Mac DeMarco – This Old Dog Review 

In his latest studio album, Mac Demarco brings a more relaxed approach than 2014s ‘Salad Days,’ something which I didn’t even think was possible. The album follows the trend of laid-back music, with deep, meaningful lyricism. However, where in the past Demarco went all out on production, this one is very simple with production, giving more power to the lyrics themselves. The album maintains similar traits to his previous work, but employs them differently, allowing for an entirely different experience overall.

​The opening song, ‘My Old Man,’ is a brilliant example of this lyricism. The song itself is one that is very simple musically, including nothing more than an acoustic guitar and a gentle drum beat in the background. The vocals on this particular track contain a degree of passion and reflection to them, making my genuinely think about the meaning behind them. The repeated line “looks like I’m seeing more of my old man in me” leaves genuine pause for thought, and Demarco utilises his voice perfectly here. Similarly, ‘This Old Dog’ is another simplistic, yet powerful track. The lyrics in this sense provide a commentary on human emotion, and is yet more proof that Demarco’s “less is more” approach is effective and meaningful.

​’Still Beating’ provides more in terms of production, and if you have listened to ‘Salad Days,’ will definitely feel more familiar. However, whilst maintaining the high production, it feels somewhat different due to the more cynical application in Demarco’s vocals. ‘On The Level’ also utilises high production and has a tune that stays with you even after the song s finished. There is a distinct uniqueness to the song itself, with it being a clear stand out on the album. The production is matched with simplistic lyrics and vocals that come together to make a good solid piece of music.

​’This Old Dog’ is a good, strong outing by Mac Demarco. Whilst sill keeping familiarities with his previous works, Demarco has made something that seems unique due to its effectiveness. Whilst creative, the album does sometimes lack in variety when it comes to the music itself. However, if you were to sit back, relax and take a listen to the powerful lyrics on each track, you would certainly have a thoughtful and meaningful experience.  

Mac Demarco – This Old Dog = 8/10

Matthew T. Johnston

Single Review – Mac DeMarco – On The Level

Previously, Mac Demarco has merely dipped his toe into any exploration of serene synth music, but in his latest single, previewing May’s This Old Dog, his echoic vocals are fully submerged in it. And likening the track to some kind of undulant body of water sums it up nicely. It’s subtle and brooding, with the constant flux of throbbing synths backing a piercing hook and the ethereal voice of Demarco, giving On The Level it’s relaxed rippled air. Demarco himself has described it as Chamber of Reflection’s “sister song”, reflecting his only justifiably synth-centred track’s ghostly moodiness. Yet, On The Level has strong mature undertones that not only haven’t been explored to this extent throughout his back catalogue, but also wouldn’t be expected from an artist so familiar with scandal. It mulls over the inevitability of growing older and taking on the responsibilities his father took on. The track reaches its contemplative close with a repetition of the title; a fitting conclusion, with which I can imagine Demarco dwelling on the future these new responsibilities hold. It’s pensive, considered and cleverly composed.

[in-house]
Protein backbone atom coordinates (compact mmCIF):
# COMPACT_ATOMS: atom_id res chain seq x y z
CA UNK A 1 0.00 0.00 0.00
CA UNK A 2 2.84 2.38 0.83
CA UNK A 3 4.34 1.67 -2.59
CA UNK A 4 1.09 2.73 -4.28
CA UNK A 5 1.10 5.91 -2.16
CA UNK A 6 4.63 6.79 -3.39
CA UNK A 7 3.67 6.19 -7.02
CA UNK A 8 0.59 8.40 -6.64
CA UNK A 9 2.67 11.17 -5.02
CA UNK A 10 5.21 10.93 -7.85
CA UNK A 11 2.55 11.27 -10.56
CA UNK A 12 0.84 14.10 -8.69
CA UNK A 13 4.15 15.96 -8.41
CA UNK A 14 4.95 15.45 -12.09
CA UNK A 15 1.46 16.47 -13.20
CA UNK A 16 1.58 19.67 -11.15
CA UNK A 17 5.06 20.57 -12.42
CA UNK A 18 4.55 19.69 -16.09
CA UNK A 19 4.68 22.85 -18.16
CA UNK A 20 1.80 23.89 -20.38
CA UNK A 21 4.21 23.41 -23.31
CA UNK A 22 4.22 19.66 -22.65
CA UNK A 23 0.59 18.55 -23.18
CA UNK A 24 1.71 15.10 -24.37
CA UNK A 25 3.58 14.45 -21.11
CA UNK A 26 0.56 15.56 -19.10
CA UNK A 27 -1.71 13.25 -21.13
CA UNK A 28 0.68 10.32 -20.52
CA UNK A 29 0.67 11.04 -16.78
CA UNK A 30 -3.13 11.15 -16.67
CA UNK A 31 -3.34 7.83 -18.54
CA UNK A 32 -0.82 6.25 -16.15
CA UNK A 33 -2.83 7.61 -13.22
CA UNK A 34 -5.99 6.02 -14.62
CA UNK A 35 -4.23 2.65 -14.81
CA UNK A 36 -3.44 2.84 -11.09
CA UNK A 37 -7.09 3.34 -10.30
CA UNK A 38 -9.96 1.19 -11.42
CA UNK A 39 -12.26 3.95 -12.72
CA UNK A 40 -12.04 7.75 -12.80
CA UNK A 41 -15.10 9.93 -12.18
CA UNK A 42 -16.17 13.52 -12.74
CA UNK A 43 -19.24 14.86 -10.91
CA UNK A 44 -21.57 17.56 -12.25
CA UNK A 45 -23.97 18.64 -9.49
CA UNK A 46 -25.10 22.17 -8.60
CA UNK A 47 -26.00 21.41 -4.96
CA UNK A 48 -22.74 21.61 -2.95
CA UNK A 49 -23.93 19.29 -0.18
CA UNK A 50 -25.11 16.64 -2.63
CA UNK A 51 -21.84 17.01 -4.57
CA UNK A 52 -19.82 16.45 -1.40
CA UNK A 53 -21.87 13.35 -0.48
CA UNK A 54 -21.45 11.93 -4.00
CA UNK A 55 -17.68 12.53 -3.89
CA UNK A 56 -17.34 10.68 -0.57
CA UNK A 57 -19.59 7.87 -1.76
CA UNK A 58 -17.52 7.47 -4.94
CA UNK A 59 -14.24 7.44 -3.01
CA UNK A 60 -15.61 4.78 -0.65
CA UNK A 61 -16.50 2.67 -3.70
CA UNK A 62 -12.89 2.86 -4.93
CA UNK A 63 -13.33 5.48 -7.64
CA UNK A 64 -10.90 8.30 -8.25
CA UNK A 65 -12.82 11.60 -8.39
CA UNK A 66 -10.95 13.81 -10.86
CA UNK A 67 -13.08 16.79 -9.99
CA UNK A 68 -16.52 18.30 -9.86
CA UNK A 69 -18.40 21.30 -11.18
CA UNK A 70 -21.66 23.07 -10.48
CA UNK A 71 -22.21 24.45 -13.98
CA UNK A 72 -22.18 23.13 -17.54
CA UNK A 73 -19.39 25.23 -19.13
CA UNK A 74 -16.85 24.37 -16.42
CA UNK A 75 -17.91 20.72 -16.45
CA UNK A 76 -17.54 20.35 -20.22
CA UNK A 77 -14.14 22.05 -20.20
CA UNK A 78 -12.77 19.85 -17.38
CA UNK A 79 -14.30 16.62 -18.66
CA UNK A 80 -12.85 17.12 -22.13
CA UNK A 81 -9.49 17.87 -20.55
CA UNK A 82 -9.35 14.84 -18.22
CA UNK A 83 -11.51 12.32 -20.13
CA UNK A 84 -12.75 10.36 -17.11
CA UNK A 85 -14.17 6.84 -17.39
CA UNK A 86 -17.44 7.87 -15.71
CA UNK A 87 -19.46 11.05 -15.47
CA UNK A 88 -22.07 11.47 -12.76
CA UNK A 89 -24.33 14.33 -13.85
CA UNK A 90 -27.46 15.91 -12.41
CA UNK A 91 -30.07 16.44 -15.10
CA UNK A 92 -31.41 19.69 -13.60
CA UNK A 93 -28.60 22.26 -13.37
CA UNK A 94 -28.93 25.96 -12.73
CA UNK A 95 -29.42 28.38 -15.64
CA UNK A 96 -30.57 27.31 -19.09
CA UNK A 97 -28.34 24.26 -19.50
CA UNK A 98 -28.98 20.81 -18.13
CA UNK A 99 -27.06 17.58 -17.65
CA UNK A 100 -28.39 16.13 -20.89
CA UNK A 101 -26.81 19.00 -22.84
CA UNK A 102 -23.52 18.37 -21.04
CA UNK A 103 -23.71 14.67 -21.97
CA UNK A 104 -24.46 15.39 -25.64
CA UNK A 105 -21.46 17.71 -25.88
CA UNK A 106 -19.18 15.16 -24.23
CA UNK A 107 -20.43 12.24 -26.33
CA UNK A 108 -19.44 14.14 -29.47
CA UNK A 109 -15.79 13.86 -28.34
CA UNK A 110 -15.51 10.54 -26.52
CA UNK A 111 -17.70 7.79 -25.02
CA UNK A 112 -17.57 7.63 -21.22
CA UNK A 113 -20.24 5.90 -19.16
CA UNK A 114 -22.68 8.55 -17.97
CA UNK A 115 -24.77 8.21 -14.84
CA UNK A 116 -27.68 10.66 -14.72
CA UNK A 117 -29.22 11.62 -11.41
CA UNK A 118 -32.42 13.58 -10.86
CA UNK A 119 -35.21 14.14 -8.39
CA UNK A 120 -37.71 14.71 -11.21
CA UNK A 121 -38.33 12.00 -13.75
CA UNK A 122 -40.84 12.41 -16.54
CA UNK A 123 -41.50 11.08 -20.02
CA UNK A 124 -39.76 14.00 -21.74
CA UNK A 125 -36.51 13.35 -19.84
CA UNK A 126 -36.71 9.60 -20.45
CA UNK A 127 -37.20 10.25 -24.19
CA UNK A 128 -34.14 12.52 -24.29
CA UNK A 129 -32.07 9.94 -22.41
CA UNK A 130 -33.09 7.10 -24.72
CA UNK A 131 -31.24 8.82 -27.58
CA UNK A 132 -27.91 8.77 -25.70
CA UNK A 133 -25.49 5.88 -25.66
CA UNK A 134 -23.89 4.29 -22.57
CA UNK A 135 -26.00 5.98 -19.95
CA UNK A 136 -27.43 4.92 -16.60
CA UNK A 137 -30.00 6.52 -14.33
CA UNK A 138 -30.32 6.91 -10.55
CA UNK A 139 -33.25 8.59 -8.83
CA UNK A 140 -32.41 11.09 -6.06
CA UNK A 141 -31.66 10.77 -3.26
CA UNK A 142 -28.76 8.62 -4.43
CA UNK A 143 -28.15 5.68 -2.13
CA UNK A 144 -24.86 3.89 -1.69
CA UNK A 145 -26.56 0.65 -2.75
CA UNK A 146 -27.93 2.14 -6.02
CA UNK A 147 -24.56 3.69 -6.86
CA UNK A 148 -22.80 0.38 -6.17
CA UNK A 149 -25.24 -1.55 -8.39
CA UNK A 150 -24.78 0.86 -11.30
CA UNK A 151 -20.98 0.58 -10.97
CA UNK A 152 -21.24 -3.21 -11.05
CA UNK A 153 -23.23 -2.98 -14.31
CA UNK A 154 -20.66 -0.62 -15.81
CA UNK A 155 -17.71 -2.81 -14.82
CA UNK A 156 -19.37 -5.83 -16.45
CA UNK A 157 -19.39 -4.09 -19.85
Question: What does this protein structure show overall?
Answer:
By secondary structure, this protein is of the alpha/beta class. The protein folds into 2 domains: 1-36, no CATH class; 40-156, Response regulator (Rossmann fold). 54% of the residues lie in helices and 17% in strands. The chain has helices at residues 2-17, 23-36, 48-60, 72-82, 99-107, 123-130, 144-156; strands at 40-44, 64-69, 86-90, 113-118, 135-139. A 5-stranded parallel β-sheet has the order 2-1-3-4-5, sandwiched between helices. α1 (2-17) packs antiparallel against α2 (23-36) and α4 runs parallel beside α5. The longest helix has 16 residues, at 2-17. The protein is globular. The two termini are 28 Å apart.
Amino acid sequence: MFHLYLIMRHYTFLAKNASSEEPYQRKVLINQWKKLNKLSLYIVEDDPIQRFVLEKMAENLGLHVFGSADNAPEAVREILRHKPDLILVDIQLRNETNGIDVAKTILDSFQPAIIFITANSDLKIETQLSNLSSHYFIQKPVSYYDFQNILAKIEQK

Eleanor Chivers 

Single Review – Suuns – Brainwash

The Canadian indie rockers have released another single to feature on their upcoming April 15th album Hold/Still. They are group experimenting at the moment and that is evident in their previous singles featuring broken and disjointed sounds and fusions around echoed environments. Their latest single ‘brainwash’ fits that mould with minimalist arrangements of guitars. This sparse environment is blown away by heavy trap drop beats before carrying on as if nothing had happened. There is no like between each sound and almost feels as if it was used because they could. Something much more imaginative could have been formed here.

Owen Riddle

Yeasayer -Amen and Goodbye Review


Brooklyn-based four-piece Yeasayer have always taken their listeners on an experimental, meandering journey. Each of their albums, since debuting in 2007, have provided a different sound – from the ethereal and spiritual references in All Hour Cymbals and Fragrant World to the more pop-based concoctions in Odd Blood. After a four-year hiatus, listeners have been eager to hear just what they have generated in their fourth studio album, Amen and Goodbye.